|Publication number||US4117285 A|
|Application number||US 05/826,060|
|Publication date||26 Sep 1978|
|Filing date||19 Aug 1977|
|Priority date||19 Aug 1977|
|Also published as||CA1114867A, CA1114867A1, DE2835354A1, DE2835354C2, DE2858237C2|
|Publication number||05826060, 826060, US 4117285 A, US 4117285A, US-A-4117285, US4117285 A, US4117285A|
|Inventors||George Sullivan Harper|
|Original Assignee||Airpax Electronics Incorporated|
|Export Citation||BiBTeX, EndNote, RefMan|
|Patent Citations (7), Referenced by (18), Classifications (21)|
|External Links: USPTO, USPTO Assignment, Espacenet|
This invention relates to an electrical circuit breaker in which the contacts open during overload with a snap action and when manually operated by the circuit breaker handle are both opened and closed with a snap action. More particularly, the invention is directed to a simpified more compact and improved circuit breaker of this type incorporating an overload current coil and armature tripping mechanism.
A snap action circuit breaker is disclosed in assignee's U.S. Pat. No. 3,806,848. In this device a toggle mechanism is tripped by the attraction of an armature to an electromagnet when the current through the electromagnet coil exceeds a predetermined value. Coupled to the movable contact of the circuit breaker is an over center spring so that upon tripping, the contacts open with a positive snap action to minimize contact arcing.
The over center spring also acts on the movable contact when the contacts of the circuit breaker are opened or closed by way of the toggle handle. This snap action opening and closing of the circuit breaker contacts during manual operation has the advantage that it makes it impossible for anyone to "tease" the contacts in such a way as to damage the circuit breaker.
The present invention is directed to a snap action circuit breaker of this general type but one which is of simplified, more compact construction, is more attractive in appearance, and one which may be utilized with a variety of different handle constructions. The circuit breaker of the present invention is particularly constructed to be small and more pleasing in appearance so that it may be used in more visible locations such as on instrument panels and the like, and since it opens and closes during manual operation with a snap action, it may be manually operated much in the manner of a conventional electrical switch. It is designed to combine aspects of conventional electrical switch operation with electromagnetic type of current protection.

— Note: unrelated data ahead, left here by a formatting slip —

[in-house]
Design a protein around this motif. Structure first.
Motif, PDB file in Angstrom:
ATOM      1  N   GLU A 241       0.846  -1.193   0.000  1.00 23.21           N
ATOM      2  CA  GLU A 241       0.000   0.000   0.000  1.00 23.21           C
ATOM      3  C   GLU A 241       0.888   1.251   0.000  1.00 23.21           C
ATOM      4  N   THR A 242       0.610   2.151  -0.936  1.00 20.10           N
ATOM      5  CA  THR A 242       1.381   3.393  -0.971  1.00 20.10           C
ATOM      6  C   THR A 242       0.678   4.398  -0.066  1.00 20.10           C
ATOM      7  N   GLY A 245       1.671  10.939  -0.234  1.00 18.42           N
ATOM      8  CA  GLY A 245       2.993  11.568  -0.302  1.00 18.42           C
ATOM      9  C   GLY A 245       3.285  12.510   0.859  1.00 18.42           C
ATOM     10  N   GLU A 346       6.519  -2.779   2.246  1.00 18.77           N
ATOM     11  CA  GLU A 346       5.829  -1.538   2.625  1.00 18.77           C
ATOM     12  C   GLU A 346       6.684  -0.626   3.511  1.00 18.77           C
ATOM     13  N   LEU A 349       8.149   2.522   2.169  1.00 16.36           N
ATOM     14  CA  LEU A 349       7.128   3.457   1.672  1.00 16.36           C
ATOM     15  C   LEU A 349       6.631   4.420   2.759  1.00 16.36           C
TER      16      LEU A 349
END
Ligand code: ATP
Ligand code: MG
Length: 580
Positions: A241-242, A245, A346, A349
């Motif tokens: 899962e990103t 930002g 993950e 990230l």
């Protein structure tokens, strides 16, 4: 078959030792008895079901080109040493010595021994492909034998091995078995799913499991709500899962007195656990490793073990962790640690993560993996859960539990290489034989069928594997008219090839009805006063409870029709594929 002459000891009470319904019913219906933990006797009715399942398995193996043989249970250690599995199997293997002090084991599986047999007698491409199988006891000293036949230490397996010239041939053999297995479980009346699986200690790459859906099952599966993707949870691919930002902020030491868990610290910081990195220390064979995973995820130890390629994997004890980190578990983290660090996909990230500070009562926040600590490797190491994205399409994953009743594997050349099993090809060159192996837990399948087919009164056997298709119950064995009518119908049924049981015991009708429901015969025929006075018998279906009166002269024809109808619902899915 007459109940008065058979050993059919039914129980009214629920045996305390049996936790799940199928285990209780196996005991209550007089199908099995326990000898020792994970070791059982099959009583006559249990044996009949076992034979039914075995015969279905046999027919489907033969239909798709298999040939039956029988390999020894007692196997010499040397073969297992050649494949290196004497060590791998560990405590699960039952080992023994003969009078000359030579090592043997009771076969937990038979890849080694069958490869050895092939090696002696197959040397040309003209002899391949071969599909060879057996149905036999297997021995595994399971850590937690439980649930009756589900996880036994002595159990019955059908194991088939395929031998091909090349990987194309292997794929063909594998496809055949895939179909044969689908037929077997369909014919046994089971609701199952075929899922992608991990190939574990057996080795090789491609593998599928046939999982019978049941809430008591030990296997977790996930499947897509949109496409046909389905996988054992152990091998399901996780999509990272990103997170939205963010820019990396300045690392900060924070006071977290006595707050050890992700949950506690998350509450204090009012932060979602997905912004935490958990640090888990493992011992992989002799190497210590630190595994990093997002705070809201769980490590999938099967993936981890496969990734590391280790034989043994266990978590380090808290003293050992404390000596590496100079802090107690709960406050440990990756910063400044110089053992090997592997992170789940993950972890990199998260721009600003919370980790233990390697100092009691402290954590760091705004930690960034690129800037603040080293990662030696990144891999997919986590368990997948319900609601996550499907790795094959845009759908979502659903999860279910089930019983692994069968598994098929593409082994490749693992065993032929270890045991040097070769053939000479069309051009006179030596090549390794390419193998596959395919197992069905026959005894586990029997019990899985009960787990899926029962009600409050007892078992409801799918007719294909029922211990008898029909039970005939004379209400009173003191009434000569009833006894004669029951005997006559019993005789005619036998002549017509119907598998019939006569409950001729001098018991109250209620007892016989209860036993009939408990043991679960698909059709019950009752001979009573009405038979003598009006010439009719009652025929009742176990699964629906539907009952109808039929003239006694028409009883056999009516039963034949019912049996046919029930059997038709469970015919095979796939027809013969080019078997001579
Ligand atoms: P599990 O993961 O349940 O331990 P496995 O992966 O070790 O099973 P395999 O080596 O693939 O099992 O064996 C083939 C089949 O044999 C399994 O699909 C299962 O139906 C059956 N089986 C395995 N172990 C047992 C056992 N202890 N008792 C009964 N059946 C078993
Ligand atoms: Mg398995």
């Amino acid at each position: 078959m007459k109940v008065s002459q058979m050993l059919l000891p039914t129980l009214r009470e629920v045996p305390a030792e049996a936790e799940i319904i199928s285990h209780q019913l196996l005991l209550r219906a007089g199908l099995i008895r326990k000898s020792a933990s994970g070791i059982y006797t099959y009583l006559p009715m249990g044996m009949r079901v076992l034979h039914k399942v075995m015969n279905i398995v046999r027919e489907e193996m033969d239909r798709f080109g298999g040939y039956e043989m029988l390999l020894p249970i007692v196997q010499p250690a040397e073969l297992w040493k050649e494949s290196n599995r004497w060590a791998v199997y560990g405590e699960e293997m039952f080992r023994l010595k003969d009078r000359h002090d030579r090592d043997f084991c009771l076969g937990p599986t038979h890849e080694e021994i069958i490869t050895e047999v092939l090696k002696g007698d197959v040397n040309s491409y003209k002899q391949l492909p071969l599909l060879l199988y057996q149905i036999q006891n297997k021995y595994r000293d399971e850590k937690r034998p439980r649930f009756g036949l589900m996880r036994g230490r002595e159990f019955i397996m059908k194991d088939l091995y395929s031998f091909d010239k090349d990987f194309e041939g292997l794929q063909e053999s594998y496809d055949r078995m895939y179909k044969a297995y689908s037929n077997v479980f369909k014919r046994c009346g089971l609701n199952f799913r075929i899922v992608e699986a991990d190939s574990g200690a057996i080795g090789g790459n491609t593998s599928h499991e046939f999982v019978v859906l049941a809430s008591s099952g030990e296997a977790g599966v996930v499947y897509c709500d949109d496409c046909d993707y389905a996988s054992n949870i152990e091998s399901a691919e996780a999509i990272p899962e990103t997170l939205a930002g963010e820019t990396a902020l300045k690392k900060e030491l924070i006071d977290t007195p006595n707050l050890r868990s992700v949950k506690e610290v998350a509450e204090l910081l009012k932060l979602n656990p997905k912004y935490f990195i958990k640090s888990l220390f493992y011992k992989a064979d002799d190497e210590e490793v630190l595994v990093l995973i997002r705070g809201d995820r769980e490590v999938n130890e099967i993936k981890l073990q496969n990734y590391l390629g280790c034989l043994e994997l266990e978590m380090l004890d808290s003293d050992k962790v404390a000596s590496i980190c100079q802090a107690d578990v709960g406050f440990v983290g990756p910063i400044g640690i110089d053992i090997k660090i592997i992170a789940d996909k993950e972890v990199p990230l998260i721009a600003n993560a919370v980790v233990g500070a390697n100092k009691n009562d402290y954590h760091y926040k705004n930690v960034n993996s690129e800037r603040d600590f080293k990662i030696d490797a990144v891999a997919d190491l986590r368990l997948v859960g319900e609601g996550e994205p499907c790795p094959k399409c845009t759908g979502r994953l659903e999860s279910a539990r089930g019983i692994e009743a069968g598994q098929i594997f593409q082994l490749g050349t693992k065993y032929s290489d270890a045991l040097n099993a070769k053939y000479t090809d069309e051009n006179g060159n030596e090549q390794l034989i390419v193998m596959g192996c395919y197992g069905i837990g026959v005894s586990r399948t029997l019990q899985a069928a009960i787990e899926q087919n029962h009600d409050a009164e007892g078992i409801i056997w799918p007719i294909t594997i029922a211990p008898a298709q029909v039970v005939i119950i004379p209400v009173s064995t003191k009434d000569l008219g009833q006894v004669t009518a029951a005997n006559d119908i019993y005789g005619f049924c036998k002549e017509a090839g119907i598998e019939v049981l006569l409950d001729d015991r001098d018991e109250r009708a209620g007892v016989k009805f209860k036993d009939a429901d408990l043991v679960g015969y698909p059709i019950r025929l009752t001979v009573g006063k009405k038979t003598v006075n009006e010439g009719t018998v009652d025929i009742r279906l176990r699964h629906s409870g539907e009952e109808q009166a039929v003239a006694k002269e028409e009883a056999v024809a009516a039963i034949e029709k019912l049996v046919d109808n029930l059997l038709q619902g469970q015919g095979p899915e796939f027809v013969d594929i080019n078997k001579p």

This is brought about by utilizing a novel, one piece frame construction for the operating mechanism in combination with a single basic symmetrical case and linkage assembly compatible with a variety of operating handles. The symmetrical construction provides a pleasing appearance as does the availability of various operating handles. Additionally, different handle constructions may give different manual motions to the linkage mechanism such as conventional two position on-off or a push to open, push to close button actuated operation.
It is therefore, one object of the present invention to provide an improved snap action circuit breaker.
Another object of the present invention is to provide a more compact snap action circuit breaker construction which can be made in smaller sizes.
Another object of the present invention is to provide a snap action circuit breaker having a symmetrical and more pleasing appearance for the visible locations such as on an instrument panel, or the like.
Another object of the present invention is to provide a circuit breaker construction in which the basic elements are adapted to cooperate with a variety of handles for manually operating the circuit breaker contacts.
Another object of the present invention is to provide a molded case type circuit breaker having a unitary single element frame construction.
These and further objects and advantages of the invention will be more apparent upon reference to the following specification, claims and appended drawings wherein
FIG. 1 is a side elevation of a circuit breaker constructed in accordance with the present invention and incorporating a toggle type handle.
FIG. 2 is a view showing principal portions of the internal operating mechanism of the circuit breaker of FIG. 1 with the contacts in the manual open position.
FIG. 3 is an end view showing the structure of FIG. 2.
FIG. 4 is a view similar to FIG. 2 showing the circuit breaker contacts in the manually closed position.
FIG. 5 is a view similar to FIGS. 2 and 4 showing the circuit breaker mechanism when the contacts are in the tripped open position.
FIG. 6 is a perspective view of the over center spring assembly for the movable contact which produces the snap action.
FIG. 7 is a perspective view of the latch mechanism of the circuit breaker.
FIG. 8 is a side view of the cam link forming a portion of the latch mechanism of FIG. 7.
FIG. 9 is an edge view of the cam link of FIG. 8.
FIG. 10 is a side view of the housing link forming the other collapsible link of the mechanism of FIG. 7.
FIG. 11 is a side edge view of the housing link of FIG. 10.
FIG. 12 is a view of the housing link taken from the side opposite to that of FIG. 10.
FIG. 13 is a top edge view of the housing link of FIGS. 10 through 12.
FIG. 14 is a side view of the handle link forming a part of the mechanism of FIGS. 2 through 5.
FIG. 15 is an end view of the handle link of FIG. 14.
FIG. 16 is a side view of the one piece frame forming a major component of the mechanism illustrated in FIGS. 2 through 5.
FIG. 17 is a side view of the frame of FIG. 16.
FIG. 18 is a top edge view of the frame.
FIG. 19 is a side view of the armature illustrated in FIGS. 2 through 5.
FIG. 20 is a front view of the armature of FIG. 19.
FIG. 21 is a partial top view of the armature.
FIG. 22 is a view of the armature from the other side relative to FIG. 19.
FIG. 23 is a front view with a portion in section of the circuit breaker of FIG. 1 showing the manual toggle construction.
FIG. 24 is a partial cross section at right angles to the view of FIG. 23, again showing the toggle handle operating mechanism.
FIG. 25 is an exploded view of the toggle handle embodiment of the present invention illustrating how some of the parts fit together.